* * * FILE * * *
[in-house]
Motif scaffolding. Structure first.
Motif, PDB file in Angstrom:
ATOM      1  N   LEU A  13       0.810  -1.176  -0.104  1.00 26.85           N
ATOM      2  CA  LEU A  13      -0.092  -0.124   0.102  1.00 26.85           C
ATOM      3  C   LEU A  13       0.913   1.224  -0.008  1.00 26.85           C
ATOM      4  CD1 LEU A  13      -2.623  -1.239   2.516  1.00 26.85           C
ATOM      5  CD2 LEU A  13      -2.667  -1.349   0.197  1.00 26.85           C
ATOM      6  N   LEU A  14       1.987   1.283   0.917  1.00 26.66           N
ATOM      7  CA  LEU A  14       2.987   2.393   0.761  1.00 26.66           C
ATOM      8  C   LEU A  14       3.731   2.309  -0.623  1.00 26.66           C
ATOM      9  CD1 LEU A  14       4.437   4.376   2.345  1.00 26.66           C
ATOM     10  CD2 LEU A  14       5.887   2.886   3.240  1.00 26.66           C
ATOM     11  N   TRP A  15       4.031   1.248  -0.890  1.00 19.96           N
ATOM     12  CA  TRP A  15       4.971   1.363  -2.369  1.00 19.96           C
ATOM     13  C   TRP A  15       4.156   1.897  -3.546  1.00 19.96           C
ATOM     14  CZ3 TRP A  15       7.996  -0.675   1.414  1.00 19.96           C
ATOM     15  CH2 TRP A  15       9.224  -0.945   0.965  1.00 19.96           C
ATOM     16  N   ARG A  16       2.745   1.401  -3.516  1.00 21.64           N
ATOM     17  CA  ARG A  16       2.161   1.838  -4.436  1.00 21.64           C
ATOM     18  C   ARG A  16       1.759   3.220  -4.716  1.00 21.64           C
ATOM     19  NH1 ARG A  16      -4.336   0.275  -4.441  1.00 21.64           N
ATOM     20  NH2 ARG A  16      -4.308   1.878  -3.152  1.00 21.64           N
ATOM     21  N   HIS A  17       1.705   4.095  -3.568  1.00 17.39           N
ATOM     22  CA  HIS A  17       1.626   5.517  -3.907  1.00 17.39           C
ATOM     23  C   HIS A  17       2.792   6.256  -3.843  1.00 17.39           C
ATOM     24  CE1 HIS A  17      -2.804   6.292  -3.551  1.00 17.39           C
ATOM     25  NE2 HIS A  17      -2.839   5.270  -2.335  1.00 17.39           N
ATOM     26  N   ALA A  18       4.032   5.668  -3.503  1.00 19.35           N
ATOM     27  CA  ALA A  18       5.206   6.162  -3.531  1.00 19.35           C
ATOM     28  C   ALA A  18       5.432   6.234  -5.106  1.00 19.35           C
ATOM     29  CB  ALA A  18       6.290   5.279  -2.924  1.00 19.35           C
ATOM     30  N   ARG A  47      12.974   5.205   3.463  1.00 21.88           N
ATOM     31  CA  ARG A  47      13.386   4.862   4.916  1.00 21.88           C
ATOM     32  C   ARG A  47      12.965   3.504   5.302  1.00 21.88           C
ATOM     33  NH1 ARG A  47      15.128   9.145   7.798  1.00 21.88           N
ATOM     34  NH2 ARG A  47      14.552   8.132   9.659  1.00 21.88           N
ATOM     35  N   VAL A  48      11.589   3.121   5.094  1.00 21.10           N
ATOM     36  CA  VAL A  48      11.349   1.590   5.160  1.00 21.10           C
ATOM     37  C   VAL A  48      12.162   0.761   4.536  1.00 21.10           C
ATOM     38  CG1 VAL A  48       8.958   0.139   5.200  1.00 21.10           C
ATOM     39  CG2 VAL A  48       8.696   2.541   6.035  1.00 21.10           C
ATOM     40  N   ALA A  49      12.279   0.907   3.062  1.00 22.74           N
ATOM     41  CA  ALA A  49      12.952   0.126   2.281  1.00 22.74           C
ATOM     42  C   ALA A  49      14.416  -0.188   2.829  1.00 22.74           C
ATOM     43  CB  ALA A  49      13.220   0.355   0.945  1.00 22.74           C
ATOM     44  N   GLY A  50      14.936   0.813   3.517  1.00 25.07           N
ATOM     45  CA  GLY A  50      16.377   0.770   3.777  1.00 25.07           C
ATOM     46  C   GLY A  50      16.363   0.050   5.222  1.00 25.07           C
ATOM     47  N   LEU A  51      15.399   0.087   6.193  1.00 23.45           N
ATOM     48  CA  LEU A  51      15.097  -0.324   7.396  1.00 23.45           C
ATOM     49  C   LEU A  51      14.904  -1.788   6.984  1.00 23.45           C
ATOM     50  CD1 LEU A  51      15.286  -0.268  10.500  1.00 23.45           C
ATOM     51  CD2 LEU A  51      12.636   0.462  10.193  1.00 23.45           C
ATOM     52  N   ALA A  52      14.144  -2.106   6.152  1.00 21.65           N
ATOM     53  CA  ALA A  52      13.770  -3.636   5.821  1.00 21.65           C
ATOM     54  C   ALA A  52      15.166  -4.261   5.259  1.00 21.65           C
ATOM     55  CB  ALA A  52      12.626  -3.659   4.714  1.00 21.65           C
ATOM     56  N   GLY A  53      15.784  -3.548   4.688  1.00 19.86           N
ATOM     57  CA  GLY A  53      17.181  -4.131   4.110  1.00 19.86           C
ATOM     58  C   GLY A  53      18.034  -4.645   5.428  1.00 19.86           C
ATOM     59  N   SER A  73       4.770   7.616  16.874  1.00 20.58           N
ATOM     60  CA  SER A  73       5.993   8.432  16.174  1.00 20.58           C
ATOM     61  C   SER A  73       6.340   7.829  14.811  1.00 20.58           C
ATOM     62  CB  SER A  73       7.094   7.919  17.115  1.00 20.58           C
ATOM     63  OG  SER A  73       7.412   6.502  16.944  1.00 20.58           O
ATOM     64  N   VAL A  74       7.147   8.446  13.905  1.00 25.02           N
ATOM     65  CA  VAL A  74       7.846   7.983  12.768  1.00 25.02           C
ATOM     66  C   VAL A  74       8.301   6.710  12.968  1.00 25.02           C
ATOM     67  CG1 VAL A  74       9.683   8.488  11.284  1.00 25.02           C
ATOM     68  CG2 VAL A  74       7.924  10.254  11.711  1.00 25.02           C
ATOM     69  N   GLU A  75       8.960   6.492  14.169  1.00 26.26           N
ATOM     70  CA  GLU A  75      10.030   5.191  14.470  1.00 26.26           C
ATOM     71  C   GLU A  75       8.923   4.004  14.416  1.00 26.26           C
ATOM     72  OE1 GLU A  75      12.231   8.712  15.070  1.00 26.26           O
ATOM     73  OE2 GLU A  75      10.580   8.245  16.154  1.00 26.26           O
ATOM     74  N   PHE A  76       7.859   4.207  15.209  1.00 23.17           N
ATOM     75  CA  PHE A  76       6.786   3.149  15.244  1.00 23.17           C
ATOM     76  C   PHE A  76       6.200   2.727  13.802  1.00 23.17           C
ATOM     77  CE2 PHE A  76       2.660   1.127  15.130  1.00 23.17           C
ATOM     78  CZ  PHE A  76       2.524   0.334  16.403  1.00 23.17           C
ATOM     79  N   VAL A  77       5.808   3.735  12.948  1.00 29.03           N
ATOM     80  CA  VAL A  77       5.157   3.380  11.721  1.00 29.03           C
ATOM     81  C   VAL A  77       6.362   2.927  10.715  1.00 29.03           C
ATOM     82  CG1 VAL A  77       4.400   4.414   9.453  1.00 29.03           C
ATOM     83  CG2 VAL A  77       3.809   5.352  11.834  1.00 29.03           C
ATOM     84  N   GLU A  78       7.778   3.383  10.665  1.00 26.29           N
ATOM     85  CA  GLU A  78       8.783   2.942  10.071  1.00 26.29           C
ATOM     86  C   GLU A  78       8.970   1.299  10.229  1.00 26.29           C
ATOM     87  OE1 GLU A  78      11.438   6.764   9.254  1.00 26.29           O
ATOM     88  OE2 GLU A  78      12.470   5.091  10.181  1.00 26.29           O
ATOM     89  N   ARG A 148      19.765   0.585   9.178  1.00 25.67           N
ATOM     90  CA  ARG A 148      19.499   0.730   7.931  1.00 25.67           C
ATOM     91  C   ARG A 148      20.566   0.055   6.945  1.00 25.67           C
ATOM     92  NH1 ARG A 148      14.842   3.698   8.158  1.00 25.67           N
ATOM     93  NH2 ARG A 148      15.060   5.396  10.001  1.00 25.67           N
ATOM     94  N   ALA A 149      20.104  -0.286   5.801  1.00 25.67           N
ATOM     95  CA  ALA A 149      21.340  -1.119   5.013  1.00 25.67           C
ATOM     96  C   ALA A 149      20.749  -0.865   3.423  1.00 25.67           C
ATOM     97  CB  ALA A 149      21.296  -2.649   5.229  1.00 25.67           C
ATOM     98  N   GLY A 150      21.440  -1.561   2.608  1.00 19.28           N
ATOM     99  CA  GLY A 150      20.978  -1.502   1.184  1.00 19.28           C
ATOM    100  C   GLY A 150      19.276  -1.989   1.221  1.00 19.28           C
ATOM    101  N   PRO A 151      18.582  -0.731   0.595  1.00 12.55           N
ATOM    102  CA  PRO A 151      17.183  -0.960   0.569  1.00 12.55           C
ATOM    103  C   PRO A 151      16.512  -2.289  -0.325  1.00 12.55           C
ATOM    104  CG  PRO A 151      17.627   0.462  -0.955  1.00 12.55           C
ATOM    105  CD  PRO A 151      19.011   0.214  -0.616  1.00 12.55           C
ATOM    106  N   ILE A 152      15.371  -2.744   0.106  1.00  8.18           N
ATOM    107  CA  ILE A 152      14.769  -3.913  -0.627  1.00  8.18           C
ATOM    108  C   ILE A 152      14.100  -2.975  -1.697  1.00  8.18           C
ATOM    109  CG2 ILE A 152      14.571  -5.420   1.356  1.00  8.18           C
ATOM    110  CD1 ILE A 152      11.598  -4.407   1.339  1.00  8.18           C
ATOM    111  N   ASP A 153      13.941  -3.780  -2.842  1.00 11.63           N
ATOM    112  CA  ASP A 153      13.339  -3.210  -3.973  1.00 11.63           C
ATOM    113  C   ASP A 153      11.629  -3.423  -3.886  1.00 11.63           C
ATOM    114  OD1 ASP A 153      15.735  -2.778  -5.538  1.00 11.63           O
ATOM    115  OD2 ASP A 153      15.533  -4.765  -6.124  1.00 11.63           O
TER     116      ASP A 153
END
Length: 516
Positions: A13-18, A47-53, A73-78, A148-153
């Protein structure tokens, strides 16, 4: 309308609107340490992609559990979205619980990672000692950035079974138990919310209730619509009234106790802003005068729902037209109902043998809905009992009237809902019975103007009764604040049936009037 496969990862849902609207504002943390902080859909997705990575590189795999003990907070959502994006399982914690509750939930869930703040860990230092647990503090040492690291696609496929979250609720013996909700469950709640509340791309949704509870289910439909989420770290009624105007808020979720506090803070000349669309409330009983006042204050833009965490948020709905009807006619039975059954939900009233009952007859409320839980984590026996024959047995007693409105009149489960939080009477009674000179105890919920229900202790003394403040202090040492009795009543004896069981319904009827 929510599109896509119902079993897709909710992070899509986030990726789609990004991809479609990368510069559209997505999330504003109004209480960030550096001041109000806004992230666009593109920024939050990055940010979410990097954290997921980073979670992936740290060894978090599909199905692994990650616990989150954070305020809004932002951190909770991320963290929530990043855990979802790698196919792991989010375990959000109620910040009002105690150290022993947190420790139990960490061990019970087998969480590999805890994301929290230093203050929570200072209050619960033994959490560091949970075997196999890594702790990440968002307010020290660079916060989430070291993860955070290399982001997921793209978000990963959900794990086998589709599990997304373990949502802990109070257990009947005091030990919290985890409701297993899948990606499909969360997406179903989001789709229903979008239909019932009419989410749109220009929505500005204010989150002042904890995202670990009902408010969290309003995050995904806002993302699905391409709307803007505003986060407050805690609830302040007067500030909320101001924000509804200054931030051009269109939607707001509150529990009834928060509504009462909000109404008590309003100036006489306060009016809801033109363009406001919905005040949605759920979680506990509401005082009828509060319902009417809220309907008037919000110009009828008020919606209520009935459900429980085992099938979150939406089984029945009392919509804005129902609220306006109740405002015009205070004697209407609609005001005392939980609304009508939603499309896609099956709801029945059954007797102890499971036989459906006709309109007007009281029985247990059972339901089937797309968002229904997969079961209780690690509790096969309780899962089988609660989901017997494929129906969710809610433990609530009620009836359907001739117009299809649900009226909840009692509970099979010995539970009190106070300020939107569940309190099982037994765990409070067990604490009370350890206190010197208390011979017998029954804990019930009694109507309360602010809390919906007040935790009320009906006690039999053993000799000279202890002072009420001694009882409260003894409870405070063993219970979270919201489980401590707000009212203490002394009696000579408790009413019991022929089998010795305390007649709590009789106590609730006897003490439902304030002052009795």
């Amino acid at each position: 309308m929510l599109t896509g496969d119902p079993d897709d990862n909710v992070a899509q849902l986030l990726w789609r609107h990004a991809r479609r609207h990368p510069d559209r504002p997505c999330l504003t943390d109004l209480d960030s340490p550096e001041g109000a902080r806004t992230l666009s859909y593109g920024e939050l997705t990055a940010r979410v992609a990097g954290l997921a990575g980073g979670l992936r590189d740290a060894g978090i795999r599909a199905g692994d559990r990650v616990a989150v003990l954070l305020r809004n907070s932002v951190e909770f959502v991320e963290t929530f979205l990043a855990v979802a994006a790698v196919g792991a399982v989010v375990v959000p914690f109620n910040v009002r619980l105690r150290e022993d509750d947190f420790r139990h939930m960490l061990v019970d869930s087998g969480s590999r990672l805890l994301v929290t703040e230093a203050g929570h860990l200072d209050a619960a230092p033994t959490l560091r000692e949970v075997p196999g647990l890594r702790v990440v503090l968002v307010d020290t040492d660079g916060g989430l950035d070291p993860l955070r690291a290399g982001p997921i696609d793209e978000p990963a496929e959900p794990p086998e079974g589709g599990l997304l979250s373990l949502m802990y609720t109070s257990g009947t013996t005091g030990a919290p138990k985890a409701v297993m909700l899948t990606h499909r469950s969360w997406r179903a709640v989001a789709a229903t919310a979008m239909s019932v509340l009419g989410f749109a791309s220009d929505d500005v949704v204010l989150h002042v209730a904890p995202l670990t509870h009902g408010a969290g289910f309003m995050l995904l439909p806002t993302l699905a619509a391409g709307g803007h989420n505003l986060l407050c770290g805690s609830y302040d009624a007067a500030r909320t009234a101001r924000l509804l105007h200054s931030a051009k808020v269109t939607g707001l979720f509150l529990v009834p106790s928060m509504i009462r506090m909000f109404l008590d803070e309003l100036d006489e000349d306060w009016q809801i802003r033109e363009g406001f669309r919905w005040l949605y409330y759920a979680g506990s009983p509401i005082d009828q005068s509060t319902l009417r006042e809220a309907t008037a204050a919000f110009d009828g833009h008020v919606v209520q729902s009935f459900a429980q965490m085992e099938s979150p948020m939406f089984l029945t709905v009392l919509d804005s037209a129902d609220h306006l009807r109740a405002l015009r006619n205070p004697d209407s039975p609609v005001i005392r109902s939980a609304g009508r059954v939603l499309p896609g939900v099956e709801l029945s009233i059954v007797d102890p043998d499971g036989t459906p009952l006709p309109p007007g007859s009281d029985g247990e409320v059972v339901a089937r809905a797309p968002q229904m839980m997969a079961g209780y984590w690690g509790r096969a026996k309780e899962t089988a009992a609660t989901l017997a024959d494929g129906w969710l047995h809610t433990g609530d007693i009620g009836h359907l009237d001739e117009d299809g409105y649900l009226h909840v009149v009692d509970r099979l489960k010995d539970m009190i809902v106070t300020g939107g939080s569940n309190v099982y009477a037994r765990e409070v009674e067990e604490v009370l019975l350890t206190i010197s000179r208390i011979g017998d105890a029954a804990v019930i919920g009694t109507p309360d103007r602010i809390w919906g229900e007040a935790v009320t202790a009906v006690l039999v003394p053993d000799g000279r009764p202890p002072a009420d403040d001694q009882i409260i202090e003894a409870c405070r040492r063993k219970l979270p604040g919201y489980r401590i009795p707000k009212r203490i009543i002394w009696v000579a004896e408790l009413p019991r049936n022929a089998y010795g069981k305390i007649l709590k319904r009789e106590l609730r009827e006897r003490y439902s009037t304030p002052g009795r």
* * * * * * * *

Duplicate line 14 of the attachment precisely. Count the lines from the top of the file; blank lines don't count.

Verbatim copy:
ATOM     11  N   TRP A  15       4.031   1.248  -0.890  1.00 19.96           N